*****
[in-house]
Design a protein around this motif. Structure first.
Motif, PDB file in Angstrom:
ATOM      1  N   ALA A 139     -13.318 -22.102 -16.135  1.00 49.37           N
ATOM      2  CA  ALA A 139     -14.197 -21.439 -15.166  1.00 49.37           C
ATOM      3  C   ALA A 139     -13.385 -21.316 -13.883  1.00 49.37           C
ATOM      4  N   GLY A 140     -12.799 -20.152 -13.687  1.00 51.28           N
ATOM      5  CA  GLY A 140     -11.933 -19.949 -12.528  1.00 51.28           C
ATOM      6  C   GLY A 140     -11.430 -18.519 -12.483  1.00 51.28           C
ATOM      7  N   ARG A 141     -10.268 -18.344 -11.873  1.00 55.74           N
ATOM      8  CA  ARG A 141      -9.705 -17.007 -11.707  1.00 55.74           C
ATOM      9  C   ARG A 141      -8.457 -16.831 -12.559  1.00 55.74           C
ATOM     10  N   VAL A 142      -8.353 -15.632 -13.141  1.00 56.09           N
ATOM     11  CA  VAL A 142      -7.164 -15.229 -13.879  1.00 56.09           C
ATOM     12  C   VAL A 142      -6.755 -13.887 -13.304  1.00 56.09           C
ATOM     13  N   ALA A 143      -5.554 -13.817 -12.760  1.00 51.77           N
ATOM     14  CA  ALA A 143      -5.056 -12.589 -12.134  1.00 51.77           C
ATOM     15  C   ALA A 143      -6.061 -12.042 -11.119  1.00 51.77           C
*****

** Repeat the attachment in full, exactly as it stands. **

[in-house]
Design a protein around this motif. Structure first.
Motif, PDB file in Angstrom:
ATOM      1  N   ALA A 139     -13.318 -22.102 -16.135  1.00 49.37           N
ATOM      2  CA  ALA A 139     -14.197 -21.439 -15.166  1.00 49.37           C
ATOM      3  C   ALA A 139     -13.385 -21.316 -13.883  1.00 49.37           C
ATOM      4  N   GLY A 140     -12.799 -20.152 -13.687  1.00 51.28           N
ATOM      5  CA  GLY A 140     -11.933 -19.949 -12.528  1.00 51.28           C
ATOM      6  C   GLY A 140     -11.430 -18.519 -12.483  1.00 51.28           C
ATOM      7  N   ARG A 141     -10.268 -18.344 -11.873  1.00 55.74           N
ATOM      8  CA  ARG A 141      -9.705 -17.007 -11.707  1.00 55.74           C
ATOM      9  C   ARG A 141      -8.457 -16.831 -12.559  1.00 55.74           C
ATOM     10  N   VAL A 142      -8.353 -15.632 -13.141  1.00 56.09           N
ATOM     11  CA  VAL A 142      -7.164 -15.229 -13.879  1.00 56.09           C
ATOM     12  C   VAL A 142      -6.755 -13.887 -13.304  1.00 56.09           C
ATOM     13  N   ALA A 143      -5.554 -13.817 -12.760  1.00 51.77           N
ATOM     14  CA  ALA A 143      -5.056 -12.589 -12.134  1.00 51.77           C
ATOM     15  C   ALA A 143      -6.061 -12.042 -11.119  1.00 51.77           C